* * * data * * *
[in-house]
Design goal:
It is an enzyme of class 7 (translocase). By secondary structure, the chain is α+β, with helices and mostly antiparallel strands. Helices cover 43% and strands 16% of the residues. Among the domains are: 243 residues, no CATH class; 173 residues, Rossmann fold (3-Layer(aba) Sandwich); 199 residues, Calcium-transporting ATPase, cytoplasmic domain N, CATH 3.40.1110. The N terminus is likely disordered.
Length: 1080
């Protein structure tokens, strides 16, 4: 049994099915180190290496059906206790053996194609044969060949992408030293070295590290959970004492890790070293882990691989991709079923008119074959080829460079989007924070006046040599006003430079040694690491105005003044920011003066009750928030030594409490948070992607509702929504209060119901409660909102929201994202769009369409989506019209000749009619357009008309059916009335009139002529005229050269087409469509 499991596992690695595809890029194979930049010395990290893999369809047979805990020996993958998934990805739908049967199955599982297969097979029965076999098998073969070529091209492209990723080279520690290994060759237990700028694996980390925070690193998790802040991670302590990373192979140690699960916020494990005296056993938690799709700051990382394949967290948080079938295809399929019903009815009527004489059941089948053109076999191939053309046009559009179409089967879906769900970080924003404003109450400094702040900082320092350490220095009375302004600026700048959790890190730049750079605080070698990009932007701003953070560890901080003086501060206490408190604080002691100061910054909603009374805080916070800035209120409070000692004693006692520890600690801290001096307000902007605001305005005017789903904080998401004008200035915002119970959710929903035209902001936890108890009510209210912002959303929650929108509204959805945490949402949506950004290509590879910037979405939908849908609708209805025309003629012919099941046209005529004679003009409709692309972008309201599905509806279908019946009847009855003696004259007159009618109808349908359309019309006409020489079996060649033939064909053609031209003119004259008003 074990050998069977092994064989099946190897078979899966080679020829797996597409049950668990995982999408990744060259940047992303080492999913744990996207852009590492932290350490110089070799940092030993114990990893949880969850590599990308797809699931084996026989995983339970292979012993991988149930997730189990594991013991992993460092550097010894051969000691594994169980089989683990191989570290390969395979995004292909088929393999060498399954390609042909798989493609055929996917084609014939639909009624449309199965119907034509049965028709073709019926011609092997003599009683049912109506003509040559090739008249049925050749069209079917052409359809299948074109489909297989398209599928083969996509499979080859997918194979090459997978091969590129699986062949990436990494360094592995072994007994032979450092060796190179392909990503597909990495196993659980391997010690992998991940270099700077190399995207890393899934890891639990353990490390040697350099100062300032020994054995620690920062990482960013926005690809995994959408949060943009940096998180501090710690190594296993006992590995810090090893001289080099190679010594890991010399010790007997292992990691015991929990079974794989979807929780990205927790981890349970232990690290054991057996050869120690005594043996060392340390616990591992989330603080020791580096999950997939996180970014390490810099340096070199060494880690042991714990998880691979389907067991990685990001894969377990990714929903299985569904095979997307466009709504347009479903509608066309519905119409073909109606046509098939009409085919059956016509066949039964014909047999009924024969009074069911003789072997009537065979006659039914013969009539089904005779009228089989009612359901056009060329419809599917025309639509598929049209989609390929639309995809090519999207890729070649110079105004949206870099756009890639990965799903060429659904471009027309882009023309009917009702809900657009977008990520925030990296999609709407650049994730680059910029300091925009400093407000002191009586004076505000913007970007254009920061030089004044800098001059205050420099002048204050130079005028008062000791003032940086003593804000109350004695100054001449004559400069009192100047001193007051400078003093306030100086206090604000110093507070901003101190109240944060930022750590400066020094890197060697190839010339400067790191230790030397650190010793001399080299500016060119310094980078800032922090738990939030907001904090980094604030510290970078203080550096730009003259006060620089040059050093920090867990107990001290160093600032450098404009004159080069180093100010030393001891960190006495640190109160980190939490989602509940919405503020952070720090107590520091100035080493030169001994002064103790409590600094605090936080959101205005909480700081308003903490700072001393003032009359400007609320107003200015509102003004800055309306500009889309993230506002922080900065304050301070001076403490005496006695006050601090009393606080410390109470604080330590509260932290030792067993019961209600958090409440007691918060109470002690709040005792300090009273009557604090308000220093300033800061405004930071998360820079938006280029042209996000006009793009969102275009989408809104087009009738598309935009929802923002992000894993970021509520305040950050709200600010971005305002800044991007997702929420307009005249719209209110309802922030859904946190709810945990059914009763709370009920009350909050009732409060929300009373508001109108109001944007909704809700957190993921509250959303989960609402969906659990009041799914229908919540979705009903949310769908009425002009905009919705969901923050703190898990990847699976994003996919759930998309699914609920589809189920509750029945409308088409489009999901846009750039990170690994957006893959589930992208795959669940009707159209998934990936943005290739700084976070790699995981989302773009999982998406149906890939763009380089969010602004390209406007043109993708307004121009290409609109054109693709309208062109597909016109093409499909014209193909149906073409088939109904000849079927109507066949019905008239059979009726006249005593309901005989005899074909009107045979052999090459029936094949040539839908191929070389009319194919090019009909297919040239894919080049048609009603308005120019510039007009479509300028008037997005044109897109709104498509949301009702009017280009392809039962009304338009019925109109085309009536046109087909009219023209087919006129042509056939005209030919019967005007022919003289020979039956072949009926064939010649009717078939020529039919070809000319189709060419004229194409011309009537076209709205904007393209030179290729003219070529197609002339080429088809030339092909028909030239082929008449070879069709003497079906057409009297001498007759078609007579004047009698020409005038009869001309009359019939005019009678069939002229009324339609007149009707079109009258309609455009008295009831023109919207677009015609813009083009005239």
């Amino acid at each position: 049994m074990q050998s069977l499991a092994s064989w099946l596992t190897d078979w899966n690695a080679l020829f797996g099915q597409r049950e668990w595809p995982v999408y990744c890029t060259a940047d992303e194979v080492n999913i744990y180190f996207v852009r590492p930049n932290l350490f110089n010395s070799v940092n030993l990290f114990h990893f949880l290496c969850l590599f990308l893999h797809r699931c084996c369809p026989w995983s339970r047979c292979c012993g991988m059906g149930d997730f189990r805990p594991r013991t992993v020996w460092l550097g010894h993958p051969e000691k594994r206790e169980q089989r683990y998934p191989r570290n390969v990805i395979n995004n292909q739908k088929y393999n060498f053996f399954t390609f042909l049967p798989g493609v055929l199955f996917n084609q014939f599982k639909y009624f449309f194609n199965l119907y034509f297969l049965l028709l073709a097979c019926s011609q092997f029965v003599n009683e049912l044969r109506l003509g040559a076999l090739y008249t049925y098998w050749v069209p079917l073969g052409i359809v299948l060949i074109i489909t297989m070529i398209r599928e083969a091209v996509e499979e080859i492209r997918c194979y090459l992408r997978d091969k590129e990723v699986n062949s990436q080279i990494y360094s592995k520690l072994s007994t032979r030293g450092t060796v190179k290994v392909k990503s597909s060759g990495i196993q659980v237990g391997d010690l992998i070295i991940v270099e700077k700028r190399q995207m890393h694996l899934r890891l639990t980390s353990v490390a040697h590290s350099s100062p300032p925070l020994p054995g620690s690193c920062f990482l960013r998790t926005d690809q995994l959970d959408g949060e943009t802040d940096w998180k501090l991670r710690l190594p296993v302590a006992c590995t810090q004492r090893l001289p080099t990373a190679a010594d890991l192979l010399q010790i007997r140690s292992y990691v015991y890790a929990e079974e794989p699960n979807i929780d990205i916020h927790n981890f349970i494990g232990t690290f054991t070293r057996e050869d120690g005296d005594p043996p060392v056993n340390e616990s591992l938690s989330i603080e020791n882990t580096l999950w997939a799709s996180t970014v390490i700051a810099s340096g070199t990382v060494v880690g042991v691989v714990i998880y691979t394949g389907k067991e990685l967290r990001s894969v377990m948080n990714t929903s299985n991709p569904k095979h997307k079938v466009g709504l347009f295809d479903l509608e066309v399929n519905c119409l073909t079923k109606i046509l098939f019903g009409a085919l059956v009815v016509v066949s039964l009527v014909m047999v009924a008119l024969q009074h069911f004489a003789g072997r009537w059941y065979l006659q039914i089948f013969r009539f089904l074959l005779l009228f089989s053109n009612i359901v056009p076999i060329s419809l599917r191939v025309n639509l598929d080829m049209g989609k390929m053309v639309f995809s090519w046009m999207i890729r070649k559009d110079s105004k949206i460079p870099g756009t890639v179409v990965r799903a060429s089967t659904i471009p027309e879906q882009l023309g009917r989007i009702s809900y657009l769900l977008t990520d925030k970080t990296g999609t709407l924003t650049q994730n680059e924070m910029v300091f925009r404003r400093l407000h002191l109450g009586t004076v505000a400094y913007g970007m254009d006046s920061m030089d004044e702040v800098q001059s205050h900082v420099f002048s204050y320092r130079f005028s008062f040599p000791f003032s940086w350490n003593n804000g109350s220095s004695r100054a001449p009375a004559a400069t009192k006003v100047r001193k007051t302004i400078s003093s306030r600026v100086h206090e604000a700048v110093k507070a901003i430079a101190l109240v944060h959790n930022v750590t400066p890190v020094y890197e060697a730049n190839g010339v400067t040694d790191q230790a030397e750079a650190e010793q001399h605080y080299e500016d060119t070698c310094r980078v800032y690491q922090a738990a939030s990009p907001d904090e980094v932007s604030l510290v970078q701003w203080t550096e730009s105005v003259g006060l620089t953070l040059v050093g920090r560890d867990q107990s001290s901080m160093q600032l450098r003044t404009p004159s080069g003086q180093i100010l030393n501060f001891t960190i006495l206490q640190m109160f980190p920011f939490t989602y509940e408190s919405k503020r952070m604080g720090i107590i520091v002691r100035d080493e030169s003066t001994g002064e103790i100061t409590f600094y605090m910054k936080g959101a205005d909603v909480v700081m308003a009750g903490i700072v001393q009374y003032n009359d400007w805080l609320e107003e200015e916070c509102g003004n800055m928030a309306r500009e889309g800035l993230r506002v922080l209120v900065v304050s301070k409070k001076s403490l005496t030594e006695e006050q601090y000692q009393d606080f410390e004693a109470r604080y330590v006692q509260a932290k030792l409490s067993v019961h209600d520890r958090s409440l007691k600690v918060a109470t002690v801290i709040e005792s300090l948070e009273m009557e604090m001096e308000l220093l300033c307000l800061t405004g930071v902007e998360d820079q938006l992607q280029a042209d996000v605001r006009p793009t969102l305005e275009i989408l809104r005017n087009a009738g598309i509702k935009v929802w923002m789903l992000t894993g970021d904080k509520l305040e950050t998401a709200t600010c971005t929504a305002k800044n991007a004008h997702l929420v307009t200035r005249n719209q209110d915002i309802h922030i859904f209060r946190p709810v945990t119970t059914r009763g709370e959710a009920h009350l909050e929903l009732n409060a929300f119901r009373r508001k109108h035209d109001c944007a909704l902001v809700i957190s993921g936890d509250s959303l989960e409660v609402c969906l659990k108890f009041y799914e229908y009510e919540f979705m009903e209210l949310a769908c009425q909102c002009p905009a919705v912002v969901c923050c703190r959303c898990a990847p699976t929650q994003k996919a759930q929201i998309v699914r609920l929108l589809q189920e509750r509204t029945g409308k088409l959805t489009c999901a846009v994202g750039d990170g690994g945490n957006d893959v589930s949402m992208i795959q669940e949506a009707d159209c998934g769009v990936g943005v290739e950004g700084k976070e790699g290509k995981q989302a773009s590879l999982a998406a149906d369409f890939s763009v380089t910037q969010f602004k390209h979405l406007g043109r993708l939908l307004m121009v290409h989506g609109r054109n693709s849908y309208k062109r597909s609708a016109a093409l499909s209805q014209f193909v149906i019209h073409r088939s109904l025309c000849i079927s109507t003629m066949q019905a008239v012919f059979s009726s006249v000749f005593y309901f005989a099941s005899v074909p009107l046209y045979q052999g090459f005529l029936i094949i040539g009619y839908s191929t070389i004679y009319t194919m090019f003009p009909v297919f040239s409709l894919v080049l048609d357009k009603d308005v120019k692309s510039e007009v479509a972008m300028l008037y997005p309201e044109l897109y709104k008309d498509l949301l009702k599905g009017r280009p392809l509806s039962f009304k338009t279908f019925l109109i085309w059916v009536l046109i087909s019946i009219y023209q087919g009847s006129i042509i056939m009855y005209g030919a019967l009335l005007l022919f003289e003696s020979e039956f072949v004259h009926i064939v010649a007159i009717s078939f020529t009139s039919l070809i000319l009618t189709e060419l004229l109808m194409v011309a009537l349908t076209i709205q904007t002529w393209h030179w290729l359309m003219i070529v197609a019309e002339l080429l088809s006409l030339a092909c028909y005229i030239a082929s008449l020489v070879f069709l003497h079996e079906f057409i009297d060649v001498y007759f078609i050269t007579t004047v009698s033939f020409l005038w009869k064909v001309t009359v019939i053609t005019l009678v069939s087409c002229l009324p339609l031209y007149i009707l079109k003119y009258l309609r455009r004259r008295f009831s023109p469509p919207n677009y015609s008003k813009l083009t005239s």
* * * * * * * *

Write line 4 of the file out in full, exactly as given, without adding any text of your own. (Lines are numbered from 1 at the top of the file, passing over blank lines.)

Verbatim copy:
Length: 1080